Cremation is becoming increasingly popular in the U.S., but many people are still scared of the process because they don’t know what’s involved. It's a scientific process that is governed by many laws and regulations. Embalming and a casket are not needed for cremation, which is why the cost is lower. About 35% of all bodies are cremated in the U.S., and that number is forecasted to reach 46.04% in 2015, and 58.85% in 2025. Other countries have higher cremation rates than the U.S. Japan reports one of the highest rates in the world, with around 99.85% of people are cremated.
Benefits: It is cheaper, environmentally conscious, and more convenient. Ashes are also portable and can be shared amongst loved ones.
The Process: After the chamber is heated up the body is placed in the ‘retort.’ It can take up to four hours to complete the cremation process. It is up to you what to do with the ashes.
Choosing a Cremation Provider: The best way to choose a cremation provider is to go online or look in your local phone book, or the obituary page of the newspaper. The cremation provider will take care of picking up the body. There are a few things to know before you decide; your price limit, the services you want, and what you want done with the remains. You can also visit with the cremation provider prior to making a decision. Here are a few good questions to keep in mind when meeting with them:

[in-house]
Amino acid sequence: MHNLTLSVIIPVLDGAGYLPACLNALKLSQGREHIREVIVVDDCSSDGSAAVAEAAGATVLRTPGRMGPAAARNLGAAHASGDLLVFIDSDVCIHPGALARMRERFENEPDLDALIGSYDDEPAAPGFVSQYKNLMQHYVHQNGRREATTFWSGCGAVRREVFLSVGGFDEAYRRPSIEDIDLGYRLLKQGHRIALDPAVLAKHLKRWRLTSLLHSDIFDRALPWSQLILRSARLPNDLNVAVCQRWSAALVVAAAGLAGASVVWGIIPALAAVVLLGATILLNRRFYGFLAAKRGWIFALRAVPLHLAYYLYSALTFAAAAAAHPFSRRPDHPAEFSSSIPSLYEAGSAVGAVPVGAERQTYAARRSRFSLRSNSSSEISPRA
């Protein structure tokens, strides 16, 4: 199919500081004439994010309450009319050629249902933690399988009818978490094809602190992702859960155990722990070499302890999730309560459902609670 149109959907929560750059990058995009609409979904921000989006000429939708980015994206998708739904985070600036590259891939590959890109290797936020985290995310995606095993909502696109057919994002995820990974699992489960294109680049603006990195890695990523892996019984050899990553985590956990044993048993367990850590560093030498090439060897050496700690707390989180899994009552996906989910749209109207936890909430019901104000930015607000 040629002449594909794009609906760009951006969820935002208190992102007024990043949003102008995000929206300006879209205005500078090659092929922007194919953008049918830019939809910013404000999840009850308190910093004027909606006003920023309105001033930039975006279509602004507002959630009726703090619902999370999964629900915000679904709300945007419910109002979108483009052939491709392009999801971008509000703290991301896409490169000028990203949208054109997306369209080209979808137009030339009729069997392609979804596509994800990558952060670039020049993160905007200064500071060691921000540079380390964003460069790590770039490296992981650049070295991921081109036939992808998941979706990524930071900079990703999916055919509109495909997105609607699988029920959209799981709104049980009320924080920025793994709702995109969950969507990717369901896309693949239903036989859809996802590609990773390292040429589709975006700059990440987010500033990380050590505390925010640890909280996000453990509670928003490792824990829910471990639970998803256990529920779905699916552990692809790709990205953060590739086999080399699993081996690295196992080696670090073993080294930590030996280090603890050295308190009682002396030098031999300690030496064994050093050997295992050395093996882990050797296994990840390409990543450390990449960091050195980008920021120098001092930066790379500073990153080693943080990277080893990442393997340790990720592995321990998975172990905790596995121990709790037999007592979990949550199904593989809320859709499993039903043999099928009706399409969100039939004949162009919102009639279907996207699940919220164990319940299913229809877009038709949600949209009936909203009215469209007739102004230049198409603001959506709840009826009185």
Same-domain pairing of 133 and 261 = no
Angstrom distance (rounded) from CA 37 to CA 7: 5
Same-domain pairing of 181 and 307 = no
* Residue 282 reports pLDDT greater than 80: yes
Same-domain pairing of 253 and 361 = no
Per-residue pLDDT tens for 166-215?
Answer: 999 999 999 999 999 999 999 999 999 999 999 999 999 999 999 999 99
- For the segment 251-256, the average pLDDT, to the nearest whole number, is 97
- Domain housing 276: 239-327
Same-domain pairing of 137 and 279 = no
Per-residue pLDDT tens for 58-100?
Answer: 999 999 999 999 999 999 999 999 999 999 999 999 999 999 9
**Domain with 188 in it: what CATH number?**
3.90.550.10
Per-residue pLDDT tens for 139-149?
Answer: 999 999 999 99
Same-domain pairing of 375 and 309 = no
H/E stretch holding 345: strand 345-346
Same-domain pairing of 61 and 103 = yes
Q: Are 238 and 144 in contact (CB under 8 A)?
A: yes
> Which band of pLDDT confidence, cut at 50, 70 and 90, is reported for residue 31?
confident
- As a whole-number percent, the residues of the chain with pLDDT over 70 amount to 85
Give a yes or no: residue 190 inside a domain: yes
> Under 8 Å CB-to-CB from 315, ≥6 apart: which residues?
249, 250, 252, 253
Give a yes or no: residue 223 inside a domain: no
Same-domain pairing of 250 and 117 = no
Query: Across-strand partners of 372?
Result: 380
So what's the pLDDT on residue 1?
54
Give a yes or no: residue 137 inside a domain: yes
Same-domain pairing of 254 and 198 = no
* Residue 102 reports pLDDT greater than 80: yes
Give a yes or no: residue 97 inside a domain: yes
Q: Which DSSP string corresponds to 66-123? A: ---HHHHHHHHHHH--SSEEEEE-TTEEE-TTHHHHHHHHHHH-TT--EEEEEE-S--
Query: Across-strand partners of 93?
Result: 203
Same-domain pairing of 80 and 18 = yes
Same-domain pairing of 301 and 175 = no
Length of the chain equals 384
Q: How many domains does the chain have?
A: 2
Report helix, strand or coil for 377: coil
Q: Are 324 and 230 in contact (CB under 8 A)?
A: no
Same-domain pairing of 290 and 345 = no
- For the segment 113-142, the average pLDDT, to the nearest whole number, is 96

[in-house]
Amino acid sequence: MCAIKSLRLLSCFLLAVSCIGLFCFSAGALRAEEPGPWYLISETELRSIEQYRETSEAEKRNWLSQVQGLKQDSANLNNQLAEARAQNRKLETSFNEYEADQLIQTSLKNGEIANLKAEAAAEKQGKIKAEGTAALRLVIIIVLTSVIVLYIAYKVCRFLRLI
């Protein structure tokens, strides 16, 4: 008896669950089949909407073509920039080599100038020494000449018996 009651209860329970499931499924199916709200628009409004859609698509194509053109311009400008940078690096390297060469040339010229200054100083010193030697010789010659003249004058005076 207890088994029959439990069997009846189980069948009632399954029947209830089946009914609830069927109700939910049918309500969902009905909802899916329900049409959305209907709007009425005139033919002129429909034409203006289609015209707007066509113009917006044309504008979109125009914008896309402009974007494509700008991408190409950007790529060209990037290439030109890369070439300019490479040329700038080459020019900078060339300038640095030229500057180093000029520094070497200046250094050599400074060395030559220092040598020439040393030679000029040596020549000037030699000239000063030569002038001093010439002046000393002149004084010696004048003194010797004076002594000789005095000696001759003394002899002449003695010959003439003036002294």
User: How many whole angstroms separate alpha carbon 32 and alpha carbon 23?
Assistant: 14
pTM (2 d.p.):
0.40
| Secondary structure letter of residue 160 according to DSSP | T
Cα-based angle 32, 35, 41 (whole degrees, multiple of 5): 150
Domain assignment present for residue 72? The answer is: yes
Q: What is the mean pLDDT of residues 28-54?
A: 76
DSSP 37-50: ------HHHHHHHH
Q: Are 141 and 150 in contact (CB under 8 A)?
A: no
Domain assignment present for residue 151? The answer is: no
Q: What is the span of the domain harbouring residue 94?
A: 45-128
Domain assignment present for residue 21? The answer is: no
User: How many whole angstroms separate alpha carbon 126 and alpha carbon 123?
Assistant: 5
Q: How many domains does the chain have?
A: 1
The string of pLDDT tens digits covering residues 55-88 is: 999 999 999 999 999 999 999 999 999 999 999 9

- Can my family and friends watch during the cremation?
- How do you keep track of identities?
- How long does it take from the time a body comes in until it’s cremated?
- If you choose cremation and also want to be an organ donor, you can do so. Make sure that you have your organ donation wishes in writing or an organ donation card in your wallet.
- Have the cremation provider take a sample of your DNA in case your descendents need it someday.
- Inform the cremator if you have any infectious diseases, as they may need to take extra steps to protect themselves during the process.
- Be sure to tell people that you would like to be cremated, and don't forget to choose which option you prefer in your My Wonderful Life book. Some states will require that you fill out a form, so check your state’s laws.
- If death happens outside your state or country the remains can be cremated and then shipped to the final destination.
- Some religions do not accept cremation; so make sure to check with your religious director before agreeing to anything. If you are planning a funeral for someone else make sure to check with their religious director before making any plans.
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To find a crematory near you visit www.crematorydirectory.com.